Uninspired and underwhelming? A multi-million dollar home, a two hundred dollar landscape.

This situation is having a terrible impact on the state of our yards, businesses, and communities. Look at what serves as horticulture out there around us–dismal designs, poor plant choices from the same old/same old limited palette, inexcusably unnecessary chemical applications, invasive plants, topped trees, plants planted too deep, and mulch piled too high.

This last one, to say the least, is ubiquitously chronic. And here’s a telling truth about that. No vocational school, no university, no accredited professional associations, no extension service, no horticultural magazine, or book, or reference of any sort has EVER recommended mulching trees to the point where they look like toilet plungers. Not one of them even one time! In fact, all of them have assailed the practice. And what does this mean? It means that any company doing this work—and there are tons of them—has NEVER been to school, has NEVER belonged to a professional association, has NEVER taken advantage of expertise from extension offices, and has NEVER so much as read a book or magazine or even a credible blog. And this is how the dumbest, most basic job any green industry company can do—mulching trees—gets screwed up in every community, every day, all across the nation.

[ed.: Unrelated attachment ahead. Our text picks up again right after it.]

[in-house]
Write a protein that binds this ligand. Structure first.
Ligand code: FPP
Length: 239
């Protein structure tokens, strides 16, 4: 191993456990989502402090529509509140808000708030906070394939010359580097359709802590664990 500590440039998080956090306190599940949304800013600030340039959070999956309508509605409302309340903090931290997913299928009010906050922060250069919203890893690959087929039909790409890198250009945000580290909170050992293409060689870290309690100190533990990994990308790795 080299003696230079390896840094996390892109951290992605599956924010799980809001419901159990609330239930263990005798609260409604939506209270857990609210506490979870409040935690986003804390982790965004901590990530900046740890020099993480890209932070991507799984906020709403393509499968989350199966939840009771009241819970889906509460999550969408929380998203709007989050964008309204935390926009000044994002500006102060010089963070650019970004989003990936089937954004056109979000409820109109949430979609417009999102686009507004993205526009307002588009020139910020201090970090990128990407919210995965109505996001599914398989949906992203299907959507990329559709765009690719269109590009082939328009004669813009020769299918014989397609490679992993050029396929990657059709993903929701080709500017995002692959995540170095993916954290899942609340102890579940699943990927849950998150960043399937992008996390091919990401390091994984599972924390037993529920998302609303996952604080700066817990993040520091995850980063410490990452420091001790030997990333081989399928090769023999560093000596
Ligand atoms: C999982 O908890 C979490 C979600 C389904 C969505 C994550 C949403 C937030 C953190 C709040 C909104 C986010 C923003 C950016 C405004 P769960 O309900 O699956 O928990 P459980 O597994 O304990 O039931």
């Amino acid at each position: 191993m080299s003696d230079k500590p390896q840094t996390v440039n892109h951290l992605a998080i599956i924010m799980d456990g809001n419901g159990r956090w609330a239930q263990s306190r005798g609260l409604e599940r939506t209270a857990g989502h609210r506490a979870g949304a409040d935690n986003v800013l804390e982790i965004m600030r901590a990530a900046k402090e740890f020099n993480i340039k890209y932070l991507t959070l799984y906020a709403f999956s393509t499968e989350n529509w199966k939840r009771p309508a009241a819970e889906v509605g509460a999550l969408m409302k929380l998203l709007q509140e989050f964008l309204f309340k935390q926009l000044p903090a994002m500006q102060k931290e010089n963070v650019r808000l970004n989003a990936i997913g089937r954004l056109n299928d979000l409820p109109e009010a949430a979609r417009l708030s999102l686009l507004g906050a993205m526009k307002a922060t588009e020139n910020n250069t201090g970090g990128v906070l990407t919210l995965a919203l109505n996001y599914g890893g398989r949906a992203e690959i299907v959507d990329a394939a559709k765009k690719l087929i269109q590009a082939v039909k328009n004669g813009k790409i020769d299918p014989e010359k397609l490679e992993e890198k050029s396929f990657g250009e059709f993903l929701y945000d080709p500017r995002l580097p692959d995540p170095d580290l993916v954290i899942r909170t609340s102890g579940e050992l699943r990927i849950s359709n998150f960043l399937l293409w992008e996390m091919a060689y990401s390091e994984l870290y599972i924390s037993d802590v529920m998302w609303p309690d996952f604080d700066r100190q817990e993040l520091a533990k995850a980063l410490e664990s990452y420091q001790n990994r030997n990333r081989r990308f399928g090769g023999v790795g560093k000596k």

volcano mulching
The most basic job a person can do, mulching, done wrong over and over and over. Making this scene especially ironic is that these trees are ash that the community paid to save with expensive EAB treatments. At the same time, they also paid for the toilet plunger mulch job which will ultimately kill them.

Digging Our Way Out

If we’re looking for someone else to fix this, which of course is everyone’s dream, we’re not going to find them. This is horticulture’s problem. The typical American neither has the time nor the interest to learn the difference between the wheat and chaff in our industry, and, dammit, we’re not helping them any. As a rule, we drive the same beat-up trucks as the riffraff, and we use the same tools. That much we can’t much control. Yet, how often do we explain our certifications and credentials? Who takes the time to really excite our customers with our work by teaching them about the plants and the reasons for the design? Because of this, we are losing business to people who know nothing about our craft, our customers assume we’re all dumb, nary a kid in American wants any part of our vocation, and horticulture programs at universities are closing.

transformational horticulture
Transformational horticulture – The High Line. Drawing millions of visitors a year and inspiring neighbors to do better.

Tweed Jackets and A Little Perspective

We can change this situation. Our arguments are rock solid if we just make them and play the game. So understand the crisis and care enough to actually market our life’s pursuit, and its remarkable history, and the transformational environmental, social, and economic benefits more and better horticulture provides. And here’s an idea – a good first step almost any horticulturist can start doing right away. Go to a thrift store and buy a tweed jacket and maybe a cap. Then learn how to fake an English accent. Suddenly, you’re not just another dumb American horticulturist, you’re an English Gardener. Boom, your stock just went up. Instant street cred! And you can double your prices.